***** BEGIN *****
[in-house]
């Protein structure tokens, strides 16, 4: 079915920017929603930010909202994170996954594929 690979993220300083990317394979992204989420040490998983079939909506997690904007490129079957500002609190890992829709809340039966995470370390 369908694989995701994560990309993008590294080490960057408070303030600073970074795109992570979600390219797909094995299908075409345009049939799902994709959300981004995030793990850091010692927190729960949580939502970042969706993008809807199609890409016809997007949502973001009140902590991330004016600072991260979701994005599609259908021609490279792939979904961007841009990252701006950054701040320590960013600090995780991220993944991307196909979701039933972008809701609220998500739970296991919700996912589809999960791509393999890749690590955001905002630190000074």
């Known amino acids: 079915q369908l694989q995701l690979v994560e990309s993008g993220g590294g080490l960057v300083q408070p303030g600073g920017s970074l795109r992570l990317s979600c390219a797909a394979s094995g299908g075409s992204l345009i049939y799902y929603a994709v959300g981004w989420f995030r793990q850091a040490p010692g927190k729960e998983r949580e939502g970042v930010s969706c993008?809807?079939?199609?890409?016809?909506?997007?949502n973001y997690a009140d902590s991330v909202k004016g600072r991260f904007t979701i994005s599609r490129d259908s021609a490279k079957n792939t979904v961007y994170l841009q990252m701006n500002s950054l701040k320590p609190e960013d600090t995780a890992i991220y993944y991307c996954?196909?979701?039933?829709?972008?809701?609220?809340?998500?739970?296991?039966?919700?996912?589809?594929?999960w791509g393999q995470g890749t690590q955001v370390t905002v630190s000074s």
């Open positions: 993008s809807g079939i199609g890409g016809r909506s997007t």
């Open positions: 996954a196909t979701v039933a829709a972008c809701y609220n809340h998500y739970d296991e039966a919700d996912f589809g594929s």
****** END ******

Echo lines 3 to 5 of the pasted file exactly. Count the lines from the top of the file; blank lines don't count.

């Known amino acids: 079915q369908l694989q995701l690979v994560e990309s993008g993220g590294g080490l960057v300083q408070p303030g600073g920017s970074l795109r992570l990317s979600c390219a797909a394979s094995g299908g075409s992204l345009i049939y799902y929603a994709v959300g981004w989420f995030r793990q850091a040490p010692g927190k729960e998983r949580e939502g970042v930010s969706c993008?809807?079939?199609?890409?016809?909506?997007?949502n973001y997690a009140d902590s991330v909202k004016g600072r991260f904007t979701i994005s599609r490129d259908s021609a490279k079957n792939t979904v961007y994170l841009q990252m701006n500002s950054l701040k320590p609190e960013d600090t995780a890992i991220y993944y991307c996954?196909?979701?039933?829709?972008?809701?609220?809340?998500?739970?296991?039966?919700?996912?589809?594929?999960w791509g393999q995470g890749t690590q955001v370390t905002v630190s000074s």
């Open positions: 993008s809807g079939i199609g890409g016809r909506s997007t």
């Open positions: 996954a196909t979701v039933a829709a972008c809701y609220n809340h998500y739970d296991e039966a919700d996912f589809g594929s």